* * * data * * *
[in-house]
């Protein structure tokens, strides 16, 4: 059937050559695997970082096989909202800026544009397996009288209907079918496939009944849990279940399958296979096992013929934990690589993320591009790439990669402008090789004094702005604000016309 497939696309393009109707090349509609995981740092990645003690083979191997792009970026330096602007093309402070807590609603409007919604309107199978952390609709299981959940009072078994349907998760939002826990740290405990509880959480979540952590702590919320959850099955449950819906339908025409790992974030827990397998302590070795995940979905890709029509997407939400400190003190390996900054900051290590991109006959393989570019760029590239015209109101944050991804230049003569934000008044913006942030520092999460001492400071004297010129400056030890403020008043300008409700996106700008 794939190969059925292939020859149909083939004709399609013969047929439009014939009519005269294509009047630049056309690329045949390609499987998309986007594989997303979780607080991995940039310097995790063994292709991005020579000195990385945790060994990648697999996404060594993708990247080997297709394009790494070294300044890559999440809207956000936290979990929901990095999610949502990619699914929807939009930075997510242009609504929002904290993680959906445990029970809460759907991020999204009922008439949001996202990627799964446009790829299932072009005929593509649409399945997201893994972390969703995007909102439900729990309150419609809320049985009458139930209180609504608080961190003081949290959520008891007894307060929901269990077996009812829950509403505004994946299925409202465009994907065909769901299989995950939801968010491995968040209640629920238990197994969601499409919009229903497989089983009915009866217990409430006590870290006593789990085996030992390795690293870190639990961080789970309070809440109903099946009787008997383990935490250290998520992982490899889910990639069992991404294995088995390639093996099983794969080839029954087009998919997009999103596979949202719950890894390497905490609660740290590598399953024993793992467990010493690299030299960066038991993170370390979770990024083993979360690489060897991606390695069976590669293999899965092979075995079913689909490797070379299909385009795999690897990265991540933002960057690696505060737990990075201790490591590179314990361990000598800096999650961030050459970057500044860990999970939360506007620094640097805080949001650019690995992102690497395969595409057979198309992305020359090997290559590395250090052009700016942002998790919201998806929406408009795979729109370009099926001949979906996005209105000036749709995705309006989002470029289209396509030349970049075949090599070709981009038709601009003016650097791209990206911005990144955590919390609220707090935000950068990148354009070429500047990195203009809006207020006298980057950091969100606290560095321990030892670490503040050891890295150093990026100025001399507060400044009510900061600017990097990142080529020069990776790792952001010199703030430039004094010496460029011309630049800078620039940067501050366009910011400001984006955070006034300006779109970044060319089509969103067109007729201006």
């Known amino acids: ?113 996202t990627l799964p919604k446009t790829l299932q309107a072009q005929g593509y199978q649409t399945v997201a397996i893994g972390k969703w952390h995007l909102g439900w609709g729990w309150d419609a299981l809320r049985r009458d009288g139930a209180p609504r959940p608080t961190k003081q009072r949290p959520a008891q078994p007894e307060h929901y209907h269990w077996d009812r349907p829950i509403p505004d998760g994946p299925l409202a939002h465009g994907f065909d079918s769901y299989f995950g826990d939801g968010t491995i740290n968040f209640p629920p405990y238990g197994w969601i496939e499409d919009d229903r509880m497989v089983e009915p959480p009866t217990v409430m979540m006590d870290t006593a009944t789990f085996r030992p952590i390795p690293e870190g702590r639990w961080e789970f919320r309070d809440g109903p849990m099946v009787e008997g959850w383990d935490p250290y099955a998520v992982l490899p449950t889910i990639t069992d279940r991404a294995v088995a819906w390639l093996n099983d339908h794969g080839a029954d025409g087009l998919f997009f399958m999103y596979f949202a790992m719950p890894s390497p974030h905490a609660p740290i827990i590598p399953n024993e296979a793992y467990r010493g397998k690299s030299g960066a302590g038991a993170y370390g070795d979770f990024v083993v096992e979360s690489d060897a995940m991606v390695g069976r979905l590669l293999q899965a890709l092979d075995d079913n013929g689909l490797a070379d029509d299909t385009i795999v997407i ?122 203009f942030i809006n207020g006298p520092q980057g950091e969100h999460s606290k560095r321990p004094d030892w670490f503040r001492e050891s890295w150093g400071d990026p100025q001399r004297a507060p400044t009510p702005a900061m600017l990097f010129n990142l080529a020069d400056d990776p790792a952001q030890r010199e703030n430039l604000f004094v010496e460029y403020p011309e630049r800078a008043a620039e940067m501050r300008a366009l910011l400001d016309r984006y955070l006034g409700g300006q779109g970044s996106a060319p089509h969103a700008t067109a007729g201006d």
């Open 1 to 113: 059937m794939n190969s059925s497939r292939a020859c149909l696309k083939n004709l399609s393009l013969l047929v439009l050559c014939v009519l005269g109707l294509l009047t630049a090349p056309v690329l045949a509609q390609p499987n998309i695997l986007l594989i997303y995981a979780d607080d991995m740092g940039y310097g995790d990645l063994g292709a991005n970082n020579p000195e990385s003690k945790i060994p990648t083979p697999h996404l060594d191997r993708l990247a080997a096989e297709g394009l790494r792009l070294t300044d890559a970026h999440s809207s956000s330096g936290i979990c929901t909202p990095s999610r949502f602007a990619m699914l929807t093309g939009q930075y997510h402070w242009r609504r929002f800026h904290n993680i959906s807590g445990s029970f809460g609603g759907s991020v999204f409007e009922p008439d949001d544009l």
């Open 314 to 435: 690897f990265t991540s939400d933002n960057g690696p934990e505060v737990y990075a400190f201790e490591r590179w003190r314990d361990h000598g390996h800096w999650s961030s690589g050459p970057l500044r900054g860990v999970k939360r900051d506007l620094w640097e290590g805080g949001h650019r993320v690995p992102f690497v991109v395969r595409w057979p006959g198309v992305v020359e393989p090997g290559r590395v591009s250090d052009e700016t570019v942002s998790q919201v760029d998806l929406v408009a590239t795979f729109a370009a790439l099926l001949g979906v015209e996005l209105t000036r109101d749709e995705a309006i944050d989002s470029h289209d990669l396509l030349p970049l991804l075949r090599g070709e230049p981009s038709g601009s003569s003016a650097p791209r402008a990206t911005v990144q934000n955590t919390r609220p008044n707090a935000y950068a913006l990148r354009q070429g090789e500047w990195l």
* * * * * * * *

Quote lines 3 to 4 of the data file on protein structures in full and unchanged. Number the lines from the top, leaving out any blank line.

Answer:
């Known amino acids: ?113 996202t990627l799964p919604k446009t790829l299932q309107a072009q005929g593509y199978q649409t399945v997201a397996i893994g972390k969703w952390h995007l909102g439900w609709g729990w309150d419609a299981l809320r049985r009458d009288g139930a209180p609504r959940p608080t961190k003081q009072r949290p959520a008891q078994p007894e307060h929901y209907h269990w077996d009812r349907p829950i509403p505004d998760g994946p299925l409202a939002h465009g994907f065909d079918s769901y299989f995950g826990d939801g968010t491995i740290n968040f209640p629920p405990y238990g197994w969601i496939e499409d919009d229903r509880m497989v089983e009915p959480p009866t217990v409430m979540m006590d870290t006593a009944t789990f085996r030992p952590i390795p690293e870190g702590r639990w961080e789970f919320r309070d809440g109903p849990m099946v009787e008997g959850w383990d935490p250290y099955a998520v992982l490899p449950t889910i990639t069992d279940r991404a294995v088995a819906w390639l093996n099983d339908h794969g080839a029954d025409g087009l998919f997009f399958m999103y596979f949202a790992m719950p890894s390497p974030h905490a609660p740290i827990i590598p399953n024993e296979a793992y467990r010493g397998k690299s030299g960066a302590g038991a993170y370390g070795d979770f990024v083993v096992e979360s690489d060897a995940m991606v390695g069976r979905l590669l293999q899965a890709l092979d075995d079913n013929g689909l490797a070379d029509d299909t385009i795999v997407i ?122 203009f942030i809006n207020g006298p520092q980057g950091e969100h999460s606290k560095r321990p004094d030892w670490f503040r001492e050891s890295w150093g400071d990026p100025q001399r004297a507060p400044t009510p702005a900061m600017l990097f010129n990142l080529a020069d400056d990776p790792a952001q030890r010199e703030n430039l604000f004094v010496e460029y403020p011309e630049r800078a008043a620039e940067m501050r300008a366009l910011l400001d016309r984006y955070l006034g409700g300006q779109g970044s996106a060319p089509h969103a700008t067109a007729g201006d």
């Open 1 to 113: 059937m794939n190969s059925s497939r292939a020859c149909l696309k083939n004709l399609s393009l013969l047929v439009l050559c014939v009519l005269g109707l294509l009047t630049a090349p056309v690329l045949a509609q390609p499987n998309i695997l986007l594989i997303y995981a979780d607080d991995m740092g940039y310097g995790d990645l063994g292709a991005n970082n020579p000195e990385s003690k945790i060994p990648t083979p697999h996404l060594d191997r993708l990247a080997a096989e297709g394009l790494r792009l070294t300044d890559a970026h999440s809207s956000s330096g936290i979990c929901t909202p990095s999610r949502f602007a990619m699914l929807t093309g939009q930075y997510h402070w242009r609504r929002f800026h904290n993680i959906s807590g445990s029970f809460g609603g759907s991020v999204f409007e009922p008439d949001d544009l």